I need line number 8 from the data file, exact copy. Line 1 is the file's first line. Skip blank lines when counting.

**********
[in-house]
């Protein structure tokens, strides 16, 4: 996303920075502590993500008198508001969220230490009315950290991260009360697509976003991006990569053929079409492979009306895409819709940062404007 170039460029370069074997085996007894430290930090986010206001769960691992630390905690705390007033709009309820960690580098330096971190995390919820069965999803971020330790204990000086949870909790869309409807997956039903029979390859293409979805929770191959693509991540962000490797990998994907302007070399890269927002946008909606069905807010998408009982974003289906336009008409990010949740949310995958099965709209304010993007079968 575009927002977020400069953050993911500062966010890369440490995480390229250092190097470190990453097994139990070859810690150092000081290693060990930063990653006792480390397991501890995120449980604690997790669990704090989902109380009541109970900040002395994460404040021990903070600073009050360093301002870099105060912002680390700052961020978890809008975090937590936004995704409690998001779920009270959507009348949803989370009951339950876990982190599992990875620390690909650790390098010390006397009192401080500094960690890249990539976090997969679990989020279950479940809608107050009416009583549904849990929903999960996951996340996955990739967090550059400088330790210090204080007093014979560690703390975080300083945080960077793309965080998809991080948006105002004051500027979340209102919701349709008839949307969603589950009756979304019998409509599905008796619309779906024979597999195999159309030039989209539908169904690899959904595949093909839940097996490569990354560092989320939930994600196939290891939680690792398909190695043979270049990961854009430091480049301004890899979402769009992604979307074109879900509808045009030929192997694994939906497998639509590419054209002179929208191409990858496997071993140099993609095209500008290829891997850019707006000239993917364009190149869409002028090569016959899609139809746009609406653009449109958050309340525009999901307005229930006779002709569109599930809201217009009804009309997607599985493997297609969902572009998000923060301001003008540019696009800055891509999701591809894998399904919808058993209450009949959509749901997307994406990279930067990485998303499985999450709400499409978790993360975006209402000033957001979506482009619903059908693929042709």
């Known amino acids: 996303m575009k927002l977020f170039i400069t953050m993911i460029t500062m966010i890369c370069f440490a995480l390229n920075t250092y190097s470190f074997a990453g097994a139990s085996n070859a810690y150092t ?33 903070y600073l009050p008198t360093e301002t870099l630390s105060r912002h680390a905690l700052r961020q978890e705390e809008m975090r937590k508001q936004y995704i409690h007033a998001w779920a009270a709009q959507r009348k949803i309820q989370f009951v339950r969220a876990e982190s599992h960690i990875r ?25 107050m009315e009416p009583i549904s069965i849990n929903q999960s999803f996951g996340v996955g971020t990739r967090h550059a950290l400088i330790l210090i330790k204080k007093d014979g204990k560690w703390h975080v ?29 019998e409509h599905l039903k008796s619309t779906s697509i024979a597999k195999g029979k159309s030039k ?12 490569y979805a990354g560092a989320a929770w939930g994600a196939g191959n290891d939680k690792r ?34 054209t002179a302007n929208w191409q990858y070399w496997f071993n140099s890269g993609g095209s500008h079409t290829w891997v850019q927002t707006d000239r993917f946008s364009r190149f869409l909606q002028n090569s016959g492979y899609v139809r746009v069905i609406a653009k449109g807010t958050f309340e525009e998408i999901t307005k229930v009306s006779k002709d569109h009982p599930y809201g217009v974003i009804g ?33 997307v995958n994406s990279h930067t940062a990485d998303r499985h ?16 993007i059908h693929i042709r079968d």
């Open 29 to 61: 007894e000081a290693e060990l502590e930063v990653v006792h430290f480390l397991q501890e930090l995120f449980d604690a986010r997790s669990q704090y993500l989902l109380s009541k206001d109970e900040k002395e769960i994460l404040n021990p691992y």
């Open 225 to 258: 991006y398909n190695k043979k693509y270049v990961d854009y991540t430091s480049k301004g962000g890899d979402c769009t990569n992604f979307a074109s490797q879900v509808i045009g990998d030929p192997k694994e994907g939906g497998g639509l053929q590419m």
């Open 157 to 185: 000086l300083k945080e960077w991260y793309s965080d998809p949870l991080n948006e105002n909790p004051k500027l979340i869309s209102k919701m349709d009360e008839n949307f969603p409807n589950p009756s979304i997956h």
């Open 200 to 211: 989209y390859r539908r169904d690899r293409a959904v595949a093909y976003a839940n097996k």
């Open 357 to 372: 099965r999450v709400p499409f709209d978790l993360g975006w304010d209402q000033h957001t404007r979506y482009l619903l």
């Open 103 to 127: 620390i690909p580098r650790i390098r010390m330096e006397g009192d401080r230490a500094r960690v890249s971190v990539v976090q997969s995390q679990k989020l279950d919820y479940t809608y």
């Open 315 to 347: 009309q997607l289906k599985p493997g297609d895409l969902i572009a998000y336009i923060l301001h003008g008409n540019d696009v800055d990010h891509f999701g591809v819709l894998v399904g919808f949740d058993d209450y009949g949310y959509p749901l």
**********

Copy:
């Open 357 to 372: 099965r999450v709400p499409f709209d978790l993360g975006w304010d209402q000033h957001t404007r979506y482009l619903l």